Dad’s Horrid Christmas Tree

Christmas memories are some of the fondest of a lifetime full of memories. When I published a Sunday School Newsletter in Texas in the nineties, I asked the class to send me stories of their fondest Christmas memories.  Here are some that I wrote for that newsletter.

DFH Volume 1 Issue 25

By Jim Dayton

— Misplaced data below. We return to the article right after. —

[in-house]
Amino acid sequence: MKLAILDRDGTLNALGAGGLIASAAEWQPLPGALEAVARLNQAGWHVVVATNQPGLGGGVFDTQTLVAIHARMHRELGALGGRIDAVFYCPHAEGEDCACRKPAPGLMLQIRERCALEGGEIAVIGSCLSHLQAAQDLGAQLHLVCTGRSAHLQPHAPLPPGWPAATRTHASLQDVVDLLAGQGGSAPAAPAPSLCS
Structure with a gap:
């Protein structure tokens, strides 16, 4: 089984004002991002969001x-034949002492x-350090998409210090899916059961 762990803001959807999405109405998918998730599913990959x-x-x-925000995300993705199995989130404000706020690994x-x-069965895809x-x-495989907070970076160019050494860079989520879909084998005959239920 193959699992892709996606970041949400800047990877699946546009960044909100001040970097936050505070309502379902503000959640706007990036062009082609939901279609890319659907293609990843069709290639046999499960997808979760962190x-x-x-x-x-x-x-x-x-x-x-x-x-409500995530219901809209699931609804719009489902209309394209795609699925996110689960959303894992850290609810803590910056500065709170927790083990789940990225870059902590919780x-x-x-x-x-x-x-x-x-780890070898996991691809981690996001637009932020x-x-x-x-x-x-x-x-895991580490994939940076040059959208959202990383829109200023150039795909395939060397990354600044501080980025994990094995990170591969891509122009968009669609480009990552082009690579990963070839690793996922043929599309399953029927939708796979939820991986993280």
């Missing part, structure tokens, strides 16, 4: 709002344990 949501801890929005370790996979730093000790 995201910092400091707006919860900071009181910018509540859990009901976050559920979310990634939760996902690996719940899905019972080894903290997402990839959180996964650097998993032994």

When it came to harvesting a Christmas tree, my dad, Paul Dayton, could hold his own with Charlie Brown.  If they ever held a contest for worst looking tree, my dad would retire the trophy.  He sometimes cut one from the woods behind his sawmill.  He delighted in his manly duty of choosing and felling “just the right one” for our small home.  He preferred spruce or balsam over pine, even though pine was the wood of choice for his livelihood.  Pine was too messy.  His pride and joy was usually about 6 feet tall, and it sprouted about one or two branches per foot.   It was pathetic.  My mom never complained, but she must have been disappointed year after year.  She did the best she could to cover its nakedness, but it was hopeless.  Starting when we were old enough to discern its shame, my brothers and sisters and I would always joke about how bad it was.  Now we have come to enjoy memories of our dad’s trees because of their, and his, unique character.  [Footnote: Some years he purchased one, so this story is a little exaggerated.  However it makes a valid point.]


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